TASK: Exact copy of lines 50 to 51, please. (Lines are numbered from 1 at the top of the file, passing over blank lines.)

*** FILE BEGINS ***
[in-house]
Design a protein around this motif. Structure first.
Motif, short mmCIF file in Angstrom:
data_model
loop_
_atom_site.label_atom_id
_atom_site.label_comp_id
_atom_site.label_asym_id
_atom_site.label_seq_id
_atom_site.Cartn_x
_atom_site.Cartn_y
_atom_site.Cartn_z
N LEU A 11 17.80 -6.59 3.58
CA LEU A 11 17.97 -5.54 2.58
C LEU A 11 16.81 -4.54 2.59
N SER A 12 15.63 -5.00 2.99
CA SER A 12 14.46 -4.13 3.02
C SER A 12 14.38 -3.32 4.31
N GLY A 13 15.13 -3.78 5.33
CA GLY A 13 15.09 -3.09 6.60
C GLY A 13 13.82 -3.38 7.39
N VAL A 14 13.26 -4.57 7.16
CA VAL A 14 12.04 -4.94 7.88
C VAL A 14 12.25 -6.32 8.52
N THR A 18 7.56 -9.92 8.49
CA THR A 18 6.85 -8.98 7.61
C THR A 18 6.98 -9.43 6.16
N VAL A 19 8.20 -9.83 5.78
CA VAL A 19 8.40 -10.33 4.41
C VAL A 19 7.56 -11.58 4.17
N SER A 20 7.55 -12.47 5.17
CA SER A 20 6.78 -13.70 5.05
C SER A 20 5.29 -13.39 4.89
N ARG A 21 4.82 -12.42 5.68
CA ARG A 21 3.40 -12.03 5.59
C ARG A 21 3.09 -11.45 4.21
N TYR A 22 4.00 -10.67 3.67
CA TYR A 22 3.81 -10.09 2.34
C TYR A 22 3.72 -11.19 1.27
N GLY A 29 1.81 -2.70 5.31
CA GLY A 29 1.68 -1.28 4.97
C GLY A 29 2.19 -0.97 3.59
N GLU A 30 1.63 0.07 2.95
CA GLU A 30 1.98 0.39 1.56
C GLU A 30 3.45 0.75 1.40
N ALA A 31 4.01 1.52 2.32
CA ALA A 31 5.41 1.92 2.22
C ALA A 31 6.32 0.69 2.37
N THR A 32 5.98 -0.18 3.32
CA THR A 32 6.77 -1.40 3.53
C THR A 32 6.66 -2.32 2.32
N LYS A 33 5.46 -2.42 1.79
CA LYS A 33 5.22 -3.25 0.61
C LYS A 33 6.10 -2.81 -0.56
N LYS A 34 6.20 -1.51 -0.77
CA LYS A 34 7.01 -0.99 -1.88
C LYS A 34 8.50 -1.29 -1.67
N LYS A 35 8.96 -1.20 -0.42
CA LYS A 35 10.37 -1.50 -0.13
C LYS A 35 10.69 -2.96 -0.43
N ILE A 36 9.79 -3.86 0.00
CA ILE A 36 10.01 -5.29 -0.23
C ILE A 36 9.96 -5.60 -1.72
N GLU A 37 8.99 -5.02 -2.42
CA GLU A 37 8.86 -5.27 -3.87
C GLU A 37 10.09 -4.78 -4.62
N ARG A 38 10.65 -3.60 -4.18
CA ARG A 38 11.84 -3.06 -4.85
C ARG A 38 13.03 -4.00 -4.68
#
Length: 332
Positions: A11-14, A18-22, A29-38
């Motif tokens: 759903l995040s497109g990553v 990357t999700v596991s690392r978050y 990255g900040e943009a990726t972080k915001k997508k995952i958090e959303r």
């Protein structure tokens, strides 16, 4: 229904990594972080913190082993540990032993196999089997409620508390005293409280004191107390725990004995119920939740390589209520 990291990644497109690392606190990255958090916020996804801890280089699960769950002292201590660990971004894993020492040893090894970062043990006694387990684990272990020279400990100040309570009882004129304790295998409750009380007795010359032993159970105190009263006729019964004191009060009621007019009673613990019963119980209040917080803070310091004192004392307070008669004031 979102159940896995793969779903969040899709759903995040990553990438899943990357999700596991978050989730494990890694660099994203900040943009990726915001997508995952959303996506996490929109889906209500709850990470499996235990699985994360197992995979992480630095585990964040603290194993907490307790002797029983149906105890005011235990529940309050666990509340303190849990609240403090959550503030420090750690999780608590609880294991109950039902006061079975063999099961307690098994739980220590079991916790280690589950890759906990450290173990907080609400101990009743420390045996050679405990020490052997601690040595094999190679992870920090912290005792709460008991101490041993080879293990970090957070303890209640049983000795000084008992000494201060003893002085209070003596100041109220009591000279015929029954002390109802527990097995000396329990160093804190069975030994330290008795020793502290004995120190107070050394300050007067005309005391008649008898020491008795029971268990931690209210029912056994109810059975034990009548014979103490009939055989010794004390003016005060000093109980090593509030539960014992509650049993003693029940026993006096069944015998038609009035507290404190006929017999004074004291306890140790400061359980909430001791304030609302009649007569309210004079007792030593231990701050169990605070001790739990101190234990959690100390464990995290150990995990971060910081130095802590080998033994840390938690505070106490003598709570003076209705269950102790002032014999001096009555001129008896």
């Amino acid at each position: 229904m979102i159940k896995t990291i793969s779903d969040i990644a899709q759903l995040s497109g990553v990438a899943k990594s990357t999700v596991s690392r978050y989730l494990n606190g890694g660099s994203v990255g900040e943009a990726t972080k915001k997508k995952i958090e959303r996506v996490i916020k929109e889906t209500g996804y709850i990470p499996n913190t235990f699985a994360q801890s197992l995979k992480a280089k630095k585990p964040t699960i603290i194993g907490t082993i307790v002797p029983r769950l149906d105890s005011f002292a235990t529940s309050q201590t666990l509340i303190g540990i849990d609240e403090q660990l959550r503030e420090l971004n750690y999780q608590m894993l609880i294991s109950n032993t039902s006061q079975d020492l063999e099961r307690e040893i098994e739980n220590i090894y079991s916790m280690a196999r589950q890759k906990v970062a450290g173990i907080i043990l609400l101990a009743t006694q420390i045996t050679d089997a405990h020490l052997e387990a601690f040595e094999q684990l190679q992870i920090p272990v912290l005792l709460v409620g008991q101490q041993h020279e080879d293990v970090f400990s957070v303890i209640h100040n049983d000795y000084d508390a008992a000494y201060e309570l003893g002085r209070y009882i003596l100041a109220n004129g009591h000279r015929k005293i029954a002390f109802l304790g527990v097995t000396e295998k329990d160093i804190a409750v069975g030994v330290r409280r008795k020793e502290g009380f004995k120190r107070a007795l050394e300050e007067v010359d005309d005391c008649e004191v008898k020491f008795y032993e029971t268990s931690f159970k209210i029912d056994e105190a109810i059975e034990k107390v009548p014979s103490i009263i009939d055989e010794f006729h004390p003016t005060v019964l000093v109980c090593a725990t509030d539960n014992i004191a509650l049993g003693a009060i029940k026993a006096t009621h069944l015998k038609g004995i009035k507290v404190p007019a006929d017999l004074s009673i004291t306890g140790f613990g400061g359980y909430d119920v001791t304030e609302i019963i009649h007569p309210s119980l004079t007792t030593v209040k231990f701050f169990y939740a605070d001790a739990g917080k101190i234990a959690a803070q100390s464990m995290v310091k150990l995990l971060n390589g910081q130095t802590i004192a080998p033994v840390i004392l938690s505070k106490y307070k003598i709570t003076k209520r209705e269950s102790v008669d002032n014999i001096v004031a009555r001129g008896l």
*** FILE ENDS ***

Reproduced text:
CA THR A 32 6.77 -1.40 3.53
C THR A 32 6.66 -2.32 2.32